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NYS Decoupling from CARES Act – Section 163(j) Limitation – How to Make Complicated More Complicated

New York Budget Header Post 3 - NYS Decoupling from CARES Act – Section 163(j) Limitation – How to Make Complicated More Complicated

In our two previous posts on the New York State Budget’s Decoupling {“Decoupling”}, we discussed the myriad of implications arising from the Decoupling that focused on the Personal Income Tax as well as Pass Through Entity (PTE) ramifications to the extent the Decoupling’s affects would be required to be reflected by PTEs for their individual owners. In this post, we will discuss the Decoupling’s more focused considerations with respect to Section 163(j).

First, it is significant to re-iterate that the provisions of Part WWW that sets forth the Decoupling of New York State and City’s rolling conformity to the Internal Revenue Code (IRC) to a “fixed” conformity date with respect to Personal Income Tax purposes decouples from the IRC in its entirety. As mentioned in our previous posts, Part WWW explicitly Decouples from NYS and NYC conformity with the IRC for NYS and NYC Personal Income Tax purposes; i.e. with respect to any amendments to the IRC enacted after March 1, 2020, for tax years beginning before January 1, 2022.

The provisions of Part WWW that address the Decoupling for New York State Corporate, New York City Corporate and New York City Unincorporated Income tax purposes do not decouple from the IRC in its entirety. The subsections of Part WWW applicable to New York State and City Decoupling for corporate/business taxes purposes limit the decoupling to specific provisions of the CARES Act. The Decoupling provisions at Part WWW for New York State and City corporate/business taxpayers decouple from the CARES Act beneficial provisions with respect to the limitations set forth at Section 163(j).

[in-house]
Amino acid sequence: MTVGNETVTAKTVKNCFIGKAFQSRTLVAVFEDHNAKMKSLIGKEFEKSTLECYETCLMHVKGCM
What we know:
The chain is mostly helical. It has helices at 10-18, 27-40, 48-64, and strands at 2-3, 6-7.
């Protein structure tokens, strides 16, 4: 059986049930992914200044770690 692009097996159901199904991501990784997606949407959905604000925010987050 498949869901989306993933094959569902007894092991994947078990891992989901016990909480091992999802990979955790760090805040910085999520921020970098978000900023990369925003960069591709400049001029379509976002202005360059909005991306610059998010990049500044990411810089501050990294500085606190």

Finally, the Decoupling from the CARES Act beneficial Section 163(j) provisions also apply to New York individual income taxpayers as the Decoupling with respect to Personal Income Taxes decouples from the IRC in its entirety as of the effective date of the New York State Budget provisions set forth in Part WWW, i.e. any amendments to the IRC enacted after March 1, 2020, for tax years beginning before January 1, 2022.

The Decoupling from CARES Act 163(j) Ramifications

Section 163(j) – Pre CARES Act

In general, prior to the CARES Act, IRC Section 163(j) limited the deduction for Business Interest Expense (BIE) to the sum of:

  1. The taxpayer’s business interest income;
  2. 30% of the taxpayer’s adjusted taxable income (ATI); and
  3. the taxpayer’s floor plan financing interest expense for the taxable year.

Section 163(j) – CARES Act

The CARES Act amends IRC Section 163(j) with respect to taxable years beginning in 2019 and 2020. The CARES Act increases the 30% ATI threshold to 50% for taxable years beginning in 2019 and 2020. In addition, the CARES Act allows taxpayers to elect to use their 2019 ATI as their ATI in 2020.

The Decoupling from 163(j) – Corporate Tax Considerations

By Decoupling, the State will not follow the CARES Act’s increasing of the IRC Section 163(j) limitation from 30% of ATI to 50% of ATI for 2019 and 2020 tax years.